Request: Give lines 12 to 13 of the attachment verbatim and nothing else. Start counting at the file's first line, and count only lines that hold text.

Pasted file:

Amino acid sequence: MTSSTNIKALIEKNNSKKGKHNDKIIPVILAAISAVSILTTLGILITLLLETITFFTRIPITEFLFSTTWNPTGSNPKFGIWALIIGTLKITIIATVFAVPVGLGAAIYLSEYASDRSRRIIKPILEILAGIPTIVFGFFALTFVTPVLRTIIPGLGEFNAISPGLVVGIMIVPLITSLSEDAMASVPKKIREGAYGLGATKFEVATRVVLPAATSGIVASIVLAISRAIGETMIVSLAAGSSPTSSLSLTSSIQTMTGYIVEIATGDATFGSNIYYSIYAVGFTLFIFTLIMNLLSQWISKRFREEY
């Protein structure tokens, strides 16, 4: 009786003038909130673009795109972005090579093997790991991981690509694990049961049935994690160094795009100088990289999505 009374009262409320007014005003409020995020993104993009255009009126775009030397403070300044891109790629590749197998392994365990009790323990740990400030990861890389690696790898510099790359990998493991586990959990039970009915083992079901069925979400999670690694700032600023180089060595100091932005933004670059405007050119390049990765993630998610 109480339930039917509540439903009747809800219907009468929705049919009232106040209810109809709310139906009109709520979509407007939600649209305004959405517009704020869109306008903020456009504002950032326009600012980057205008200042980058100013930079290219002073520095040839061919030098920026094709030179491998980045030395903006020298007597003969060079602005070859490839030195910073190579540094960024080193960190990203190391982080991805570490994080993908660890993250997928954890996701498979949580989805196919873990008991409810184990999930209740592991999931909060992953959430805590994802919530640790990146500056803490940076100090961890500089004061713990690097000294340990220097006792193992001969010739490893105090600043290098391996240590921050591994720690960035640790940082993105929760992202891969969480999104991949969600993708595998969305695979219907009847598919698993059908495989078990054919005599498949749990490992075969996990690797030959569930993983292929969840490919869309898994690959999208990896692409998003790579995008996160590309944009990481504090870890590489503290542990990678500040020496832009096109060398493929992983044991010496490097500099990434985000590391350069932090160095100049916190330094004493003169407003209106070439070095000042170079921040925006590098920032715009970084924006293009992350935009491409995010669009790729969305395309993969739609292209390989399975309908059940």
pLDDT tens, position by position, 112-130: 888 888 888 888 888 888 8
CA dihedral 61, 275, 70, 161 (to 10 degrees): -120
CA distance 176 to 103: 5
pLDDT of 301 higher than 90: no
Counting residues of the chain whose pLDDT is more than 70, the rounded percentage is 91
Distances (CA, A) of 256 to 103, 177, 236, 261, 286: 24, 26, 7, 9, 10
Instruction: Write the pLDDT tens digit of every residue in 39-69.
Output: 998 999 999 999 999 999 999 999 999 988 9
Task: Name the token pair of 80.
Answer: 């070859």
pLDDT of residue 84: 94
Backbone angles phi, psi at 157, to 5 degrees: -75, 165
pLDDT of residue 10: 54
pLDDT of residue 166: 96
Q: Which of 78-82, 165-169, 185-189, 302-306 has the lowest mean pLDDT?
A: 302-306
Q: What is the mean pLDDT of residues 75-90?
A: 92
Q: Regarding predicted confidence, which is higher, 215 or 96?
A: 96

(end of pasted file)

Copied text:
Answer: 């070859």
pLDDT of residue 84: 94